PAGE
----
I saw Reed give me his quick head shake. I know. I know. But Dovie hopped lightly to Brazley’s runner, walking up the side like she belonged there. “Come on. Thought you’re in a hurry. Let’s get these babies moving.”

With a glance back, I jumped back to my runner between Reed and Carlos.

With Fritz on board, we pulled into the currents, Dovie pointing and talking, calling birds, not by genus, but by names like “Ferdinand” and “Monte,” and every fifteen minutes she pointed, made sure we stuck with her directions.

Carlos brought us right alongside the other runner, and Dovie gushed with knowledge and stories and funny things that happened in the glades. She told us about ghosts that haunted low tides, and bacteria that sometimes poisoned the water, and how she’d been married twice and had three children—all in the Spheres. She told us about river witches living in the Rootworld—which she pronounced ruht-world—with copies of themselves “prismed through to this Dawnworld.”

I reached across the space between the runners, cupped her bony shoulder firmly, the tips of my fingers against her warm skin, felt her pulse, her living body. “You’re alive here and there?”

“Course we are.”

A flood of memories coming through in flashes, Helodes saying Archippa—with me holding her charred skull—was “defeated” and not using a more precise word, something like annihilated.

“Because she wasn’t really gone. Only from the Dawnworld. Why? What’s your purpose?”

“Oh, that stupid story. We all heard it growing up. The songs, the adventure. It’s like a prophecy, the girl from the soil will win it all. We wanted so bad for it to be true.”

Carlos looked a little suspicious. “And you think this prophecy’s going to come true?”

Dovie waved him away. “Oh, hell no. That’s why all prophecies are a load of shit, always have been. I mean, who can really remember all the songs and details and general prophesying?” She jabbed me in the arm. “Take this one for instance. We have a song about a woman from the soil. Could be you. Could be any tramp with a trowel and a damn watering can, right?”

Caught Fritz grinning at me out of the corner of my eye—Brazley, too. Yeah, that’s all I really am, just a tramp with watering can. “What’s this woman from the soil supposed to do?”

“Oh, you know how the ocean has just one ruler? Not up here. It’s all divided into rivers, forests, any geographical feature you care to distinguish. Well, we river witches think there’ll be a ruler from the forests to take the throne of everything on the surface.”

Fritz glanced at me then back to Dovie. “Do you believe that?”

“Don’t know.” She shrugged and looked over the trees. “It does give you something to talk about when you meet other witches, though.” She pointed, mildly curious. “Well, there’s something you don’t see every day. A great big story to tell, smack in front of us.”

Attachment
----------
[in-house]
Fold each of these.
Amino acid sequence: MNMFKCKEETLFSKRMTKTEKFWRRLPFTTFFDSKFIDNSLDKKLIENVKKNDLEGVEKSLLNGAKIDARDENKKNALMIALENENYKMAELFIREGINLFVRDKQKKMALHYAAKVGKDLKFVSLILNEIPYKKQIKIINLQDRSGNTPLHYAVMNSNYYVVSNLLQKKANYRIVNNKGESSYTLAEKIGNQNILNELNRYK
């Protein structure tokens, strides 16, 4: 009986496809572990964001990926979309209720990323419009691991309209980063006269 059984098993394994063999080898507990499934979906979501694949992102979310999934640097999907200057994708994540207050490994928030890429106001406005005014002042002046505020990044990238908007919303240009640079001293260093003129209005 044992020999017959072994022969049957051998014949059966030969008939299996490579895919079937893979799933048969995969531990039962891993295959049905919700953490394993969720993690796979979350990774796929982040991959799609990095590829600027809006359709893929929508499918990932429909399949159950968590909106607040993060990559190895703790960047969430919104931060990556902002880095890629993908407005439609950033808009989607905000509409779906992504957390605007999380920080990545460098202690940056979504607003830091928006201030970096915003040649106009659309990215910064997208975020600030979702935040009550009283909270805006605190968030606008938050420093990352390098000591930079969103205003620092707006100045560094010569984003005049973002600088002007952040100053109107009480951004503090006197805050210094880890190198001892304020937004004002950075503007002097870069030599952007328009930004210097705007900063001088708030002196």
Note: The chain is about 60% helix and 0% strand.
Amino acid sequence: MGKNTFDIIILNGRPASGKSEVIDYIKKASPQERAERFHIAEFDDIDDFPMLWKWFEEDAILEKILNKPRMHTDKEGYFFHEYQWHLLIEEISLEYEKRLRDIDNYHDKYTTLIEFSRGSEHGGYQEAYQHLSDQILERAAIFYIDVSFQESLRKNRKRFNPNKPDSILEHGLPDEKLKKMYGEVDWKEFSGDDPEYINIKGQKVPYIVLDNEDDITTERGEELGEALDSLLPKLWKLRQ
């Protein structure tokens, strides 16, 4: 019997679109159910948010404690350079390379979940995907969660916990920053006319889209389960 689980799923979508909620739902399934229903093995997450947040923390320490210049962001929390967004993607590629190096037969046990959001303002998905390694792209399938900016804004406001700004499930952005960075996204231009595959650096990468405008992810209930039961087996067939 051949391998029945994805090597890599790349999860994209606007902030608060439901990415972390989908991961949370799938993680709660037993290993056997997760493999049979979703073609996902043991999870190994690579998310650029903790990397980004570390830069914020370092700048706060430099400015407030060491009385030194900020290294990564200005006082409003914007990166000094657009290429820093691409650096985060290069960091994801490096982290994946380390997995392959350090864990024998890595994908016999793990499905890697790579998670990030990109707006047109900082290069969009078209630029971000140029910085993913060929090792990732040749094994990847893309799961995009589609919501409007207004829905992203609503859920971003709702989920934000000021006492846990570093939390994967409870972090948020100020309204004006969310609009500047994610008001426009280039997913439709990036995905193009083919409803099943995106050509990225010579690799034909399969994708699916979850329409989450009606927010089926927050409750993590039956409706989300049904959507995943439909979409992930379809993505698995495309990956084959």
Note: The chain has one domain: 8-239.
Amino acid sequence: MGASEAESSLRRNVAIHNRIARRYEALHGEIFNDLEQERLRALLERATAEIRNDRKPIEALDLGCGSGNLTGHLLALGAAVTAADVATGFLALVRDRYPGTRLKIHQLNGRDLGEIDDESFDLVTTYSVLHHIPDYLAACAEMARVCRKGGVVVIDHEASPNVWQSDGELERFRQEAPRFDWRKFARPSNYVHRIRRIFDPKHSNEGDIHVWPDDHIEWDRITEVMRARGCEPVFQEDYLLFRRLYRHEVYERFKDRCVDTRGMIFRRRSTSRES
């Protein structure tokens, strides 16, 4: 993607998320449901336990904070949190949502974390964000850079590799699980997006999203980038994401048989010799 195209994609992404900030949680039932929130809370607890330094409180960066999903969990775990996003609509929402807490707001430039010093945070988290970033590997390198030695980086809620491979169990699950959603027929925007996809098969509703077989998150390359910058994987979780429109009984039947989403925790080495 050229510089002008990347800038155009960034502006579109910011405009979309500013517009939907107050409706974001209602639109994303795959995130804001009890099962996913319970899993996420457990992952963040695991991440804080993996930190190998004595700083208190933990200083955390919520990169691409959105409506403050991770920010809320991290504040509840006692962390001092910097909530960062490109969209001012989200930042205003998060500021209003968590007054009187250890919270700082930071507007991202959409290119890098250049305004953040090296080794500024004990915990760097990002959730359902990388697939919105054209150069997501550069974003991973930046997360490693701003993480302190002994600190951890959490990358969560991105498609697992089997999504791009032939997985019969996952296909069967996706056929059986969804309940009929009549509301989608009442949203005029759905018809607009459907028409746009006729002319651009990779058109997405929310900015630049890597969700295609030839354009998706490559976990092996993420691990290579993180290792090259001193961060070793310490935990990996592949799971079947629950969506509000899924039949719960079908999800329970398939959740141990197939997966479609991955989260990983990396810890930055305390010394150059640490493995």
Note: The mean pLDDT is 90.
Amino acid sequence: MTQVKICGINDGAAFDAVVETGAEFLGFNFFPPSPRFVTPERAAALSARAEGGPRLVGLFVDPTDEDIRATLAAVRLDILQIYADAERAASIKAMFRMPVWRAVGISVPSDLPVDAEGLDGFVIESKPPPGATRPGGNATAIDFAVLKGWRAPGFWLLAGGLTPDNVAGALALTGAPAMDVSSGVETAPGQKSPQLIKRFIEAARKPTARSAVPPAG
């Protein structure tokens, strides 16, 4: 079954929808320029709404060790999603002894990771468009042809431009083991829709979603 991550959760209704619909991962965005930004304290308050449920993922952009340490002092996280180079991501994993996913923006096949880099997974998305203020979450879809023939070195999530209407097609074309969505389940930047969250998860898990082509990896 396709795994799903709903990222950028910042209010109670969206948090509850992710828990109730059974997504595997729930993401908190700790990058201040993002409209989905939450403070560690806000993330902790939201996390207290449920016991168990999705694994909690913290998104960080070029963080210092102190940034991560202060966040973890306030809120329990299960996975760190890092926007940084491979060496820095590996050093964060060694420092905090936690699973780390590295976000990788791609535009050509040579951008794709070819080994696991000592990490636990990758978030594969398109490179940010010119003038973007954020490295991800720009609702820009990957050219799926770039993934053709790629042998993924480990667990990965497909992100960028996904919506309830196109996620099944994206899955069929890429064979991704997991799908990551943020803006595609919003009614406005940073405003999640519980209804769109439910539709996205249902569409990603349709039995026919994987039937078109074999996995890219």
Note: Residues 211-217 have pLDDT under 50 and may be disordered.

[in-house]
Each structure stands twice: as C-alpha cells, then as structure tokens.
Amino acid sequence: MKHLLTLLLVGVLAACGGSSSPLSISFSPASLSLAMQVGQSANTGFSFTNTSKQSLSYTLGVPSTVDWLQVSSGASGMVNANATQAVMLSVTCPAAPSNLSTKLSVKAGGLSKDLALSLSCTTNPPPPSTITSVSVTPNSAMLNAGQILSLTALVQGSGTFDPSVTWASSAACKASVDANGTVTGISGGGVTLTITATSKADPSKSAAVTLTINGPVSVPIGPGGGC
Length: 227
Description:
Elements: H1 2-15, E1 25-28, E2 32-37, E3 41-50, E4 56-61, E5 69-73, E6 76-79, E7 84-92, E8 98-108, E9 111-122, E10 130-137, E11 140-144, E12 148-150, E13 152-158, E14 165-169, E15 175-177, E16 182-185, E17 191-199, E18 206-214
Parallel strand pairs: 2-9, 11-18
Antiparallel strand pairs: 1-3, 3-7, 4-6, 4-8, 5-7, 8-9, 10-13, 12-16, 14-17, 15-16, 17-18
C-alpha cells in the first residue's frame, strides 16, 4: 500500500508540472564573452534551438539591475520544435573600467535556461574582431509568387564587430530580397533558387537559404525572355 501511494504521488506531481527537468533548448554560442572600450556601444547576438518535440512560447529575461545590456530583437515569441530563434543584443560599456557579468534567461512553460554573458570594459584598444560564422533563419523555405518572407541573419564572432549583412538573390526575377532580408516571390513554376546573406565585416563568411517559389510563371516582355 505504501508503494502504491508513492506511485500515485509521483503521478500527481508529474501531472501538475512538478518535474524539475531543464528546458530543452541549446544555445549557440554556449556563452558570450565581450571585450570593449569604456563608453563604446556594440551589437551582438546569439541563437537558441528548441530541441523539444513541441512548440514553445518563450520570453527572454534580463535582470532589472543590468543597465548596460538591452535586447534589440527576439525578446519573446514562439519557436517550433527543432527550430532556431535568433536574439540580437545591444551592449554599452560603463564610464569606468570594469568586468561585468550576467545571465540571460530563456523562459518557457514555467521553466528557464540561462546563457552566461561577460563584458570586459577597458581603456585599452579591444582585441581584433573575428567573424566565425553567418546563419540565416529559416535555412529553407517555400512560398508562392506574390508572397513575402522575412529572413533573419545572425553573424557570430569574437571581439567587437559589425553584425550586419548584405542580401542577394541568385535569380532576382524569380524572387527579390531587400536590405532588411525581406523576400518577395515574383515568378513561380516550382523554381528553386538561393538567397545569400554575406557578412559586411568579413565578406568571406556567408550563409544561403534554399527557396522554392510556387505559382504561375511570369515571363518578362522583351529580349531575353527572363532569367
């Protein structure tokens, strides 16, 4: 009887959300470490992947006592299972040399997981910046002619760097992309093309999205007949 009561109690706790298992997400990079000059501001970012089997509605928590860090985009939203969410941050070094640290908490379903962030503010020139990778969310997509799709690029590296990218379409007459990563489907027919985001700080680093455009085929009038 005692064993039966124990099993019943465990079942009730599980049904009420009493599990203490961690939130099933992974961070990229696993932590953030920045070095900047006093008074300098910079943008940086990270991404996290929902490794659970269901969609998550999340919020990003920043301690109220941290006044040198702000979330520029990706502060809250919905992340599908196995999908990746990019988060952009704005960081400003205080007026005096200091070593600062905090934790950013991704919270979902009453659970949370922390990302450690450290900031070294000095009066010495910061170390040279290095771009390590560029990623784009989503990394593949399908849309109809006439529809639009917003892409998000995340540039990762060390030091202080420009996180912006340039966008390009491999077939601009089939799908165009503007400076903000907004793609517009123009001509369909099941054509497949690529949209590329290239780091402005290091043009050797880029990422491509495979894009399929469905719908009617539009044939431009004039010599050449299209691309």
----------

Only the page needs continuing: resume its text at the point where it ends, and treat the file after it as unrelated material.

Brazley spun the wheel wild, and nearly rammed us. It was tough to keep our eyes ahead. Couple klicks in, there he was, the Leaf Father striding through the swamp, birds screeching and taking flight with the distant crackling of trees going down in his path.

It was pretty obvious where he was going.

I reached up, slapped Carlos on the shoulder. “Let’s see if we can beat him to Orphne’s door.”

* * *

Lostmans River turned out to be a good place to get lost.

But with Dovie on our side, we found it, and not long after, I found the tributary that would open a path to Orphne’s...place. I tried not to imagine what that would be like, not yet.

Let’s get our feet wet first.

The runners came up hovering ten kilometers up the tiny winding water track off Lostmans. Wasn’t much more than a creek when I waved us off the water. Carlos and Braze parked our two amphibious vehicles nose out from the bank, shields up to full.

I touched the water, cool and a little muddy on my toes with a rocky bed. This can’t be right. But there was something here, I felt the tightening up my legs, almost a sting. I glanced at Fritz to get his read. He shrugged, shook his head.

Yup, just as I thought. It was only here for me. Like the scent of blossoms coming through the village of Rennonvorah.

I took Brazley’s hand on my left, Reed’s on my right. “Take hands, form a chain, and follow me.”

I closed my eyes, not sure if that was necessary, but I figured I’d have a few tries before getting it right.

Turn thrice on river stones...

I opened my eyes, looked down, and it wasn’t muddy water.

Blood washing up my legs.

Dovie snorted, only mildly surprised. “Never seen this much blood in all my life.”

I was grinding my teeth, stopped them long enough to whisper, “I have.”

Light was coming across the river, broken beams of it behind me, but when I turned, the path sealed behind us, shut like a vault, and my first thought climbed right to my mouth. “Everyone with me?”

A long scary silence.

Then Dovie spoke up. “Who’s taking their shoes off? Well I am. My damn socks are soaking this up like teabags.” I felt her bony old fingers digging into my shoulder for support.

“Dovie? Where is everyone else?”